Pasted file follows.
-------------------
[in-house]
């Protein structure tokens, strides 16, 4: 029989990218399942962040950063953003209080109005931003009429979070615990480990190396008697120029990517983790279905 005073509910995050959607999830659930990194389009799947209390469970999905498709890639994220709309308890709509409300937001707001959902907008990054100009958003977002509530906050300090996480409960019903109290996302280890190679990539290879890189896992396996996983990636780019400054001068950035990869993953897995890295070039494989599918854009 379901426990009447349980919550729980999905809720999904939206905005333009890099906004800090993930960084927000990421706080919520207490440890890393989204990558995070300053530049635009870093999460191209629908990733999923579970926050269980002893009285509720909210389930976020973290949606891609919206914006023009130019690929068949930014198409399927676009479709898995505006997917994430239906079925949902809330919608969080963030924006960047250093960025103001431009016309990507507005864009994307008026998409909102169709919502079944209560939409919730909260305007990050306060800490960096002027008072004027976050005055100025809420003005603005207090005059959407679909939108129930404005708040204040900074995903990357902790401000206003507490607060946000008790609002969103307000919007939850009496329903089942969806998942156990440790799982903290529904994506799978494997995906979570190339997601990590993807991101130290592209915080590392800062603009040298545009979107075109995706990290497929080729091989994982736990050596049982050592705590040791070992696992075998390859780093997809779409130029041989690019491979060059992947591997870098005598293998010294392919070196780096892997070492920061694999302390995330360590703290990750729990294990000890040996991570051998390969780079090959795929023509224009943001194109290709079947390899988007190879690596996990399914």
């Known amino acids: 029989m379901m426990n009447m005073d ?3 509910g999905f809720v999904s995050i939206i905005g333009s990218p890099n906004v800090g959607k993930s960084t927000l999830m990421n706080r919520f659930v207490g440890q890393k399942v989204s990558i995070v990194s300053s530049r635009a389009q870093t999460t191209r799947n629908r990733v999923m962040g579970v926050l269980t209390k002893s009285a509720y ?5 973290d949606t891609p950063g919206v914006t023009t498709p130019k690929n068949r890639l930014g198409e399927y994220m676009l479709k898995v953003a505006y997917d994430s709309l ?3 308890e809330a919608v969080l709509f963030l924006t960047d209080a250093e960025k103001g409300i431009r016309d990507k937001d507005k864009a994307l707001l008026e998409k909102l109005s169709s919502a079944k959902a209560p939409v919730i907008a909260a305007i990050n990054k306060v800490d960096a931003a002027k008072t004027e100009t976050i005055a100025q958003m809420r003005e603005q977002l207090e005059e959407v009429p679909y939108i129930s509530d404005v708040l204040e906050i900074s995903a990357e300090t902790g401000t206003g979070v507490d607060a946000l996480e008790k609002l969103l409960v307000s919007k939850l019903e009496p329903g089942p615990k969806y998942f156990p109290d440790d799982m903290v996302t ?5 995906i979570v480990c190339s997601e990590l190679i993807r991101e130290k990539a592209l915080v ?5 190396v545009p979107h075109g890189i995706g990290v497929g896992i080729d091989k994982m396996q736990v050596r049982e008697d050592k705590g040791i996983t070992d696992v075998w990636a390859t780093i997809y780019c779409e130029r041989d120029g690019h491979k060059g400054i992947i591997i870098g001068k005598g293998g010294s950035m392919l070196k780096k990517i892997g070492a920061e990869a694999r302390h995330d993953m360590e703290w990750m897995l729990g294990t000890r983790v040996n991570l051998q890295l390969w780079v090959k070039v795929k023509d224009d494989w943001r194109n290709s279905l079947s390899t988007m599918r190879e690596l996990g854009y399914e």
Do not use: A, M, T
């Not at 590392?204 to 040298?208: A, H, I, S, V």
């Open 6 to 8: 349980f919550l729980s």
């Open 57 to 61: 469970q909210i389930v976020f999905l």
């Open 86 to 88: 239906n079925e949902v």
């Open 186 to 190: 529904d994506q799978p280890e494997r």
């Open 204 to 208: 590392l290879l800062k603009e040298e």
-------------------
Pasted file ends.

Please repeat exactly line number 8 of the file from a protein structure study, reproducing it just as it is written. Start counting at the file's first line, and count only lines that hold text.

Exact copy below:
């Open 86 to 88: 239906n079925e949902v």